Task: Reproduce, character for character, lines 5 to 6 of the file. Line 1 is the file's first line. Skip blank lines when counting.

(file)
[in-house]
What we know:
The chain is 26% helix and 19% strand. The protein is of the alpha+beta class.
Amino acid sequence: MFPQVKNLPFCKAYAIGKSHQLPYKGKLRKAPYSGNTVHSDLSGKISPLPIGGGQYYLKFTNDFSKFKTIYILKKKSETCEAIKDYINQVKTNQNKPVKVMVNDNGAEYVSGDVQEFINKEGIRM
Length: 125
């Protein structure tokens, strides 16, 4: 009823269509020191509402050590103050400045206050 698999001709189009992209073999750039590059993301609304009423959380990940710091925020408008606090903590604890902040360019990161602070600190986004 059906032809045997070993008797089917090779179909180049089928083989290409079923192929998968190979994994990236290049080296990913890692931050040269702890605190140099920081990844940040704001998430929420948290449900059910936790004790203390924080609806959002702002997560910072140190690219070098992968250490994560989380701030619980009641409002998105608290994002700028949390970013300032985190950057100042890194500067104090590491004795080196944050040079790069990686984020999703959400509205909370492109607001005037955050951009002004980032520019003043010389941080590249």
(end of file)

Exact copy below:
Length: 125
């Protein structure tokens, strides 16, 4: 009823269509020191509402050590103050400045206050 698999001709189009992209073999750039590059993301609304009423959380990940710091925020408008606090903590604890902040360019990161602070600190986004 059906032809045997070993008797089917090779179909180049089928083989290409079923192929998968190979994994990236290049080296990913890692931050040269702890605190140099920081990844940040704001998430929420948290449900059910936790004790203390924080609806959002702002997560910072140190690219070098992968250490994560989380701030619980009641409002998105608290994002700028949390970013300032985190950057100042890194500067104090590491004795080196944050040079790069990686984020999703959400509205909370492109607001005037955050951009002004980032520019003043010389941080590249």